Carrie McAllister

2013 - Ph.D.
Primary office:
Mentor: Nancy Muma, Ph.D.


Carrie earned her PhD in Neuroscience at the University of Kansas in December 2013 under the mentorship of Dr. Nancy Muma, investigating the ability of estradiol to accelerate the therapeutic effects of SSRIs for the treatment of depression. Following that, she moved to the University of Texas Medical Branch (UTMB) in Galveston, Texas for her postdoctoral training, where she led a collaborative drug discovery project to identify and characterize novel small molecules for the treatment of substance use disorders under the mentorship of Dr. Kathryn Cunningham. Through her research at UTMB, she successfully competed for a place in ASENT’s Neurotherapeutics Discovery Development Course for Academic Scientists (NINDS R25NS077582, 2015) and won numerous awards, including the Elizabeth Fitzgerald Sporar Prize for Distinguished Initiatives in Addiction Research Travel Award (2015), NIDA Travel Award (to attend the International Society for Serotonin Research meeting, 2016, where her poster presentation won third place), and Outstanding Postdoctoral Fellow Poster Award (Clinical and Translational Research Forum, UTMB, 2016). Carrie also served on the inaugural leadership team for the UTMB Postdoctoral Association from 2015-2016.

In June 2016, Carrie joined Fannin Innovation Studio in Houston, Texas as an Entrepreneurial Fellow, where she is training to lead product development activities for early-stage life sciences startup companies. As Product Development Manager for Fannin’s portfolio company BreviTest Technologies, LLC, she successfully completed an NIH-sponsored Innovation Corps (I-Corps) program in early-stage business model development, served as contact PI on an SBIR Phase I grant from NIDA to develop the BreviTest portable ELISA platform for the measurement of THC intoxication, and is currently managing another NIDA SBIR Phase I grant to adapt the BreviTest platform as a point-of-care device for the detection and monitoring of prescription opioid use.

In her free time, Carrie is working towards a goal of running a half marathon in all 50 states, and is a volunteer crew member on the ELISSA, a 19th-century historic tall ship in Galveston, Texas.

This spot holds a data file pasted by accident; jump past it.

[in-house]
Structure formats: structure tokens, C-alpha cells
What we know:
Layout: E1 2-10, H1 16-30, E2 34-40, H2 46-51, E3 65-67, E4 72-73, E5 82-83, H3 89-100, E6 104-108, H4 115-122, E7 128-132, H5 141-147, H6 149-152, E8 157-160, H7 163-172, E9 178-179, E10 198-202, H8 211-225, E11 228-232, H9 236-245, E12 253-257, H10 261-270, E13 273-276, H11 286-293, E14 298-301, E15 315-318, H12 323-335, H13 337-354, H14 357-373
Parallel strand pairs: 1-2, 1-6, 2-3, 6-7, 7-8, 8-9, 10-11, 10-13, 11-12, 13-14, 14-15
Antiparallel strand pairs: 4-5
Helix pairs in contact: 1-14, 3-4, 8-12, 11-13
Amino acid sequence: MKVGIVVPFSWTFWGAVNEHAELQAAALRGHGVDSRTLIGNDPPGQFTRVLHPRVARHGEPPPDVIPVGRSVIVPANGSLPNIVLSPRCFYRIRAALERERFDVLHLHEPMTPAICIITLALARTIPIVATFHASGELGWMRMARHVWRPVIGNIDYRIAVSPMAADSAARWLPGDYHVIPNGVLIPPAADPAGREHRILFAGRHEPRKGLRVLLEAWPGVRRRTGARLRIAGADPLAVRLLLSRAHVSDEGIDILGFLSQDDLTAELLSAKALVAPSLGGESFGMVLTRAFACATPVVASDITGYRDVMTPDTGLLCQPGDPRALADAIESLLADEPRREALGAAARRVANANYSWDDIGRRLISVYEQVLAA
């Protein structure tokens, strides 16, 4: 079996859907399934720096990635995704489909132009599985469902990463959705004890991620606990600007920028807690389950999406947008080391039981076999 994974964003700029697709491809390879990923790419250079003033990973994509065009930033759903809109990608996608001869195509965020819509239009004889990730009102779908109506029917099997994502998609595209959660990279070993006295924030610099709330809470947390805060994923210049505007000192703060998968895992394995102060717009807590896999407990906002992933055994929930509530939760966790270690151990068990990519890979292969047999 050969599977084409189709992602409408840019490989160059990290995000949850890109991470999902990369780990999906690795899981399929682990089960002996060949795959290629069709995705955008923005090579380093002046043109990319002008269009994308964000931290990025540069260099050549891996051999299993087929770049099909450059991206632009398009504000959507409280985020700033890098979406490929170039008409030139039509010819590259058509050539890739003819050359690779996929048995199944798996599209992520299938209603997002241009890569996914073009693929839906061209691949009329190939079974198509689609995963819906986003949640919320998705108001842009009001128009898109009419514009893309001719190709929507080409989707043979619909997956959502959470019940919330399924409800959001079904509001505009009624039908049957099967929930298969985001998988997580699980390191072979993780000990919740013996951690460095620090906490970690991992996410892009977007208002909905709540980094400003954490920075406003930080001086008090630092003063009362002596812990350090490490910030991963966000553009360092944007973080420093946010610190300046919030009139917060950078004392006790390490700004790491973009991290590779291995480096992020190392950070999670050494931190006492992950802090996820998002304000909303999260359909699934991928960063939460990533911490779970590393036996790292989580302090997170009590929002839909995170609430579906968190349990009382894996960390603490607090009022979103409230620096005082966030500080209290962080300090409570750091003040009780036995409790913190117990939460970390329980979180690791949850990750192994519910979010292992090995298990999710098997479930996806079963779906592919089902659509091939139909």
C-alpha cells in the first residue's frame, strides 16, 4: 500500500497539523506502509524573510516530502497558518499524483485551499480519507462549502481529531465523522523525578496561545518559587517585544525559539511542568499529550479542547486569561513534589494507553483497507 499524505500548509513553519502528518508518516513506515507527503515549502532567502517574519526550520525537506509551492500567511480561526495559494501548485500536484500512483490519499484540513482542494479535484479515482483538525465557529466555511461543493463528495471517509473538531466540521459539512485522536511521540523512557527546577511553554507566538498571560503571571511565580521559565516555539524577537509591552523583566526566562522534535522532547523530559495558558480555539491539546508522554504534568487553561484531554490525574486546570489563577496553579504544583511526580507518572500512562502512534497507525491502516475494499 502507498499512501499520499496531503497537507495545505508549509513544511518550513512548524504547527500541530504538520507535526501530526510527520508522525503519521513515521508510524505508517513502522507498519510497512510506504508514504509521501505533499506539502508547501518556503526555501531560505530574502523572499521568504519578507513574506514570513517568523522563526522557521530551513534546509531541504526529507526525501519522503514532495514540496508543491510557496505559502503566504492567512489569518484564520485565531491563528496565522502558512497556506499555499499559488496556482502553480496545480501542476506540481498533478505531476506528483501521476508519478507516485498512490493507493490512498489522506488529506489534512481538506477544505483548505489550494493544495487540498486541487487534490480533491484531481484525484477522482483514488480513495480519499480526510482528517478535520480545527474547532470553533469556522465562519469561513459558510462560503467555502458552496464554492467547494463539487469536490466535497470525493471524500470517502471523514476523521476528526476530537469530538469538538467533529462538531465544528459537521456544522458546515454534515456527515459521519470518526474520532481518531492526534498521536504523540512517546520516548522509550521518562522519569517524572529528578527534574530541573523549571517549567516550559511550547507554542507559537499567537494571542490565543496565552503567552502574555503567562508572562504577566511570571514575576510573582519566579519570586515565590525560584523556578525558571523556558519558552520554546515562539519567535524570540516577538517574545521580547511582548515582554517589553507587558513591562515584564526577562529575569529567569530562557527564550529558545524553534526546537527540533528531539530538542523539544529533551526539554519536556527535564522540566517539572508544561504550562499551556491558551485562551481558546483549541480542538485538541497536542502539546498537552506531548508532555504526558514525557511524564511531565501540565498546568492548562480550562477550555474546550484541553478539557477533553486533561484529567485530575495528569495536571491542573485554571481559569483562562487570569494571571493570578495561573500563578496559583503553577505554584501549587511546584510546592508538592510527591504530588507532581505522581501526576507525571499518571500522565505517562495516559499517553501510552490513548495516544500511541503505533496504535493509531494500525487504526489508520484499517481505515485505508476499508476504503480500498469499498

Education

Educational Background

  • 2005 B.S. Biochemistry and Molecular Biophysics, University of Arizona
  • 2006-2008 Research Associate, LJ Roberts Center for Alzheimer's Research, Sun City, AZ

Research

I am currently a fourth year Neuroscience student in Dr. Nancy Muma’s lab. Selective serotonin reuptake inhibitors (SSRIs) are commonly used to treat mood disorders. SSRIs are clinically effective after 2-3 weeks of treatment, the time it takes to induce desensitization of 5-HT1A receptor signaling. Estrogen treatment for 2 days causes a partial desensitization of 5-HT1A receptor signaling in the hypothalamic paraventricular nucleus (PVN), as measured by a decrease in the release of oxytocin and adrenocorticotropin hormone (ACTH) in response to 5-HT1A receptor stimulation. The mechanism by which estrogen induces 5-HT1A receptor desensitization is unknown; however, our studies suggest that the recently identified membrane estrogen receptor GPR30 may be involved. My current work involves investigating the potential mechanisms by which GPR30 may mediate estrogen-induced 5-HT1A receptor desensitization.

Selected Publications

Published abstracts:

McAllister CE, Anastasio NC, Stutz SJ, Hartley RM, Fink FH, Fongang B, Kudlicki A, Gilbertson SR, Chen Y-C, Neelankantan H, Watson CS, Moeller FG, Cunningham KA. (2016) “Investigating a putative protein:protein interaction between the serotonin (5-HT) 5-HT2A receptor (5-HT2AR) and 5-HT2CR.” Oral Presentation. International Society for Serotonin Research, Seattle, WA.

McAllister CE, Anastasio NC, Stutz SJ, Hartley RM, Fink FH, Fongang B, Kudlicki A, Gilbertson SR, Chen Y-C, Neelankantan H, Watson CS, Moeller FG, Cunningham KA. (2016) “Exploring a putative protein:protein interaction between the serotonin (5-HT) 5-HT2A receptor (5-HT2AR) and 5-HT2CR.” Poster. Keystone Symposium, Keystone, CO.

McAllister CE, Anastasio NC, Stutz SJ, Hartley RM, Fink FH, Fongang B, Kudlicki A, Gilbertson SR, Chen Y-C, Neelankantan H, Watson CS, Moeller FG, Cunningham KA. (2015) “Exploring a putative protein:protein interaction between the serotonin (5-HT) 5-HT2A receptor (5-HT2AR) and 5-HT2CR.” Poster. Society for Neuroscience, Chicago, IL.

McAllister CE, Hartley RM, Zhang G, Fox RG, Anastasio NC, Wild CT, Zhou J, Cunningham KA. (2015) “In vivo evaluation of novel 5-HT2C receptor positive allosteric modulator CYD-1-79.” Oral presentation: College on the Problems of Drug Dependence annual meeting. Phoenix, AZ.


Contact Information

The University of Kansas
Neuroscience Graduate Program
c/o Dr. Rick Dobrowsky
School of Pharmacy, Ste 2001-D
2010 Becker Drive
Lawrence, KS 66047
Telephone: (785) 864-3531 or (785) 864-3893
E-mail: dobrowsky@ku.edu or psteffan@ku.edu

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